It was a Thursday evening toward the end of January 2022, Yvette and I were sitting across from one another, preparing to enjoy one of our favorite meals out. It had been weeks of trying to come to terms with the progression of her father’s cancer. We needed a change of pace, a little piece of heaven that your favorite meal often brings.

Raising her glass, as she often does with a beer in her hand at a restaurant, she offered a toast—“To good health,” she said. “And the beauty of love,” I added, as we clinked our glasses together. The toast felt almost like a cheers to the journey her delicate heart has been on, witnessing the winding down of one of the most important lives in her fifty years on earth. 

Moments later, my eye caught the shininess of the gold chains around our neighbors neck, drawing my attention. “Hi, how are you?” I asked the woman sitting three feet from me, across from the man with the chains, as Yvette soon called it, the “Bling.” Together we laughed at Yvette’s comment, as he explained the significance of one with a photograph in it. 

“This one is my mom,” he said, holding it tenderly in his hand, “She died from Covid.” 

Leaning in, we locked eyes, as he continued sharing… 

“It was the beginning of the pandemic…” 

“Before we knew what we were doing,” his girlfriend interjected, later clarifying her job as a nurse. 

Pausing, he leaned back in his chair, remembering details as if it were yesterday. “She was admitted to the hospital, and I ended up getting arrested,” he said. 

“Arrested?” I asked, “For what?” 

“I broke into her hospital room,” he shared, which initially left me feeling a little uneasy. 

Holding her precious photo between his thumb and fingers, he continued, “I’ve always been a momma’s boy,” he said, with tears welling in his eyes, “When she texted me that she was afraid. I had to go in.”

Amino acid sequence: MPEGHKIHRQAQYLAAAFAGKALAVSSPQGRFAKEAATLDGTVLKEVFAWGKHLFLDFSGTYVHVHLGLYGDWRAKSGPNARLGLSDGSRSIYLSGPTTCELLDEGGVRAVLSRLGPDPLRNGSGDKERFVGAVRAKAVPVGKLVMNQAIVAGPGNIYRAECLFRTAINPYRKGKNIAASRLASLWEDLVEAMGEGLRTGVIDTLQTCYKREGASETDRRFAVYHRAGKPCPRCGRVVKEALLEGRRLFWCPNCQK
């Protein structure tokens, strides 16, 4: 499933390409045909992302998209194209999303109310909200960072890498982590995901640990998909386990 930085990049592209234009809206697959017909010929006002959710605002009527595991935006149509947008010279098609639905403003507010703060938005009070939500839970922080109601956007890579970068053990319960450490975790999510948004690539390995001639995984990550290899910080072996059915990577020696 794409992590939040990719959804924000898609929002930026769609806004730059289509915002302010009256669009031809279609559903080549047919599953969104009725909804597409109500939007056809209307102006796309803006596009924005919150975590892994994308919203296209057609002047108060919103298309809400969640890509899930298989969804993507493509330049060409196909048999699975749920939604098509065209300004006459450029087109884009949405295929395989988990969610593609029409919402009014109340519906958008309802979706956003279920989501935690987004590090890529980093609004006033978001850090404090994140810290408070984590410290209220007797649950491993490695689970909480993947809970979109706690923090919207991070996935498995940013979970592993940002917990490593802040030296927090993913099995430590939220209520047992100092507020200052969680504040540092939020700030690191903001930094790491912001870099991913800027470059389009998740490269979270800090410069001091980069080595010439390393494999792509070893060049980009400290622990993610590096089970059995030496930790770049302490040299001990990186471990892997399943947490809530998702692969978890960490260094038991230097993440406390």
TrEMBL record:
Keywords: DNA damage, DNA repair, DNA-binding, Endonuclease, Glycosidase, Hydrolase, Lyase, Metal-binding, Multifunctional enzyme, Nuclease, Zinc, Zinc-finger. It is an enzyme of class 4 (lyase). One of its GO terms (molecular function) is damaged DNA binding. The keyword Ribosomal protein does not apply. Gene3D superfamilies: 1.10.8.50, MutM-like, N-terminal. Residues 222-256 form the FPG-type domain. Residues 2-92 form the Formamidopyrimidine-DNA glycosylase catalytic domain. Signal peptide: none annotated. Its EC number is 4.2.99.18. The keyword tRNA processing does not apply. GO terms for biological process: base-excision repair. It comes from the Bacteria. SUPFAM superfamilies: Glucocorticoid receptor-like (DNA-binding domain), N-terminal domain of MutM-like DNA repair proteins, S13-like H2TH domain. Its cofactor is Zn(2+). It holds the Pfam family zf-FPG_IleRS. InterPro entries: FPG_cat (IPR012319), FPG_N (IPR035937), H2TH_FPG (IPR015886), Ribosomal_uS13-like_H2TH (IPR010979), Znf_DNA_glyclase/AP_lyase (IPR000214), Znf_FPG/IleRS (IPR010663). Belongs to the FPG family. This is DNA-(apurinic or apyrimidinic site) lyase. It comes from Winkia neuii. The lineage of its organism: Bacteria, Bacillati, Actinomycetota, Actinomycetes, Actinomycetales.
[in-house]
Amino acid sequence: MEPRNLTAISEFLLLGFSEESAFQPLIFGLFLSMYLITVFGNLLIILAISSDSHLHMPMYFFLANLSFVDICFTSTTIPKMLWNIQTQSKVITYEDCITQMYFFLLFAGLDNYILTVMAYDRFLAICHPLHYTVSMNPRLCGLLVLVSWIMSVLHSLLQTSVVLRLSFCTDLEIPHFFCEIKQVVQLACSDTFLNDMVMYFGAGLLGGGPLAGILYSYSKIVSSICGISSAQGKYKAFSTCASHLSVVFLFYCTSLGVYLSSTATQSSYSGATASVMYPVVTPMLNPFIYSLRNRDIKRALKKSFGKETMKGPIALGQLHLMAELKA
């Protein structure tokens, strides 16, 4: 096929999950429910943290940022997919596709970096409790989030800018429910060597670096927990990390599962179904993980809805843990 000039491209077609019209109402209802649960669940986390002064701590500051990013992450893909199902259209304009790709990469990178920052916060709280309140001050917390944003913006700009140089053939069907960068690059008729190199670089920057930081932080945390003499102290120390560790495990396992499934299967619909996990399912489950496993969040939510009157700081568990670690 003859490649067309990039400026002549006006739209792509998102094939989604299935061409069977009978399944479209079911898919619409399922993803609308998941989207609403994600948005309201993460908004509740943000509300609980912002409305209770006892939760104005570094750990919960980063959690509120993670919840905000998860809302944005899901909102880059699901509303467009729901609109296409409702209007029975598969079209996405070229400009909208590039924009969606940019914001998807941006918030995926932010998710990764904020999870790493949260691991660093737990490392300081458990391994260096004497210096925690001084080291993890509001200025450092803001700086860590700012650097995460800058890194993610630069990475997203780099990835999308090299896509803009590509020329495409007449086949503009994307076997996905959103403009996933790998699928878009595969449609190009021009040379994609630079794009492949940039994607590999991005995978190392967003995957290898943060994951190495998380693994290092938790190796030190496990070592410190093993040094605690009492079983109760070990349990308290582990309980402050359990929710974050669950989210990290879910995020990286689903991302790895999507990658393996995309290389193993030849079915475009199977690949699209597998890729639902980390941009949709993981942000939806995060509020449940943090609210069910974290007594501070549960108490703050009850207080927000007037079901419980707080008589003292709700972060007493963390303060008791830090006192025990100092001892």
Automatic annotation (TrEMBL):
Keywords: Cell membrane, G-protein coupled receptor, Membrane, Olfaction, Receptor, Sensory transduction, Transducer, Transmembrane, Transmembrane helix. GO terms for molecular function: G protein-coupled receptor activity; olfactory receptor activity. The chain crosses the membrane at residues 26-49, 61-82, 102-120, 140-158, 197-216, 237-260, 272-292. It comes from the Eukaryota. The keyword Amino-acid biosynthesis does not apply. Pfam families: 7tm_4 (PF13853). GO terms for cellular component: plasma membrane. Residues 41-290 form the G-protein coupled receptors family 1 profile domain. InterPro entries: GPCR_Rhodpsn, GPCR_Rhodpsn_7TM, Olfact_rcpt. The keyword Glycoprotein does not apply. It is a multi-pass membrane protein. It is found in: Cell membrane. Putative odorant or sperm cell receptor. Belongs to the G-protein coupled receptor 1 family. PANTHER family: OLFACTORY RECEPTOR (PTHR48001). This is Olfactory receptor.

She had been healthy and vibrant, still preparing his favorite meals, at seventy-four years of age, when she contracted Covid, from the “safety” of her own home. 

“She died three days later,” he said. 

A brief moment of silence filled the four-feet space surrounding our two tables, before I asked if I could see the photo of his mother. Standing up, I walked over to get a close look. 

“If it wasn’t for her,” he said, with tears in his eyes, “I would not be the man I am today. She always loved me. She could see me, and she helped me.” 

My heart broke. Even though I know mother nature does what mother nature has always done, it pained me to see his anguish. 

Looking over at Yvette, I wondered how his sharing was impacting her. Listening and empathizing, her heart was visible, as she acknowledged the difficulty of living that story. 

“What can I get you to drink,” he asked, clearly wanting to gift us. Yvette already had the one alcoholic beverage she wanted, and I don’t drink. So, we thanked him for the kind offer, and continued the conversation. 

A few minutes later, it was as if he didn’t hear us the first time, and said, “Let’s do a round of shots. What are you guys having?” 

“I’ll do a shot in honor of your mother’s life,” Yvette responded, recognizing this was his second offer… he clearly wanted to gift us something, not understanding that his sharing was a gift. Thankfully, bartenders can make just about any drink virgin. 

When the shots arrived, I asked him to share a favorite memory of his mother, which he did with joy. Then, just before we clinked our glasses ceremoniously, Yvette said, “And to my father, who is battling cancer.” 

On our walk after dinner, Yvette said, “Do you remember how he said that he wouldn’t be the man he is if it weren’t for his mother?” 

I did. 

“I wouldn’t be the woman I am without my father. I am independent and quite capable because of my father,” she said. 

My heart was full. 

A simple connection over his “bling,” opened the door to real sharing, a meaningful connection, and an honoring of two lives. 

Beautiful. And, only made possible by the power of curiosity, compassion, and courage. He barely knew us, and yet he shared his heart. His heart helped our hearts heal. 

It’s these kinds of experiences that make me want to shake some sense into those who suffer in silence. It also leaves me aching to teach the world how to listen, with compassion and care, to those who are brave enough to share. 

Whether we are holding the space for another person to share their pain, or we are the ones sharing our pain, that tender space is what allows the pain to lessen. Many of us don’t know what to do with such sharing. If only we could realize that the healing is not in doing anything… it’s in simply being with the one who’s sharing, allowing our heart to relate to theirs. 

The challenge is that many of us don’t know how to feel our own hearts, without which, we cannot hold such a tender space for others. Perhaps, then, each challenge is here to offer us another chance to feel our own hearts, thus, connect with every heart.

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Here’s to your greatness,

Misti Burmeister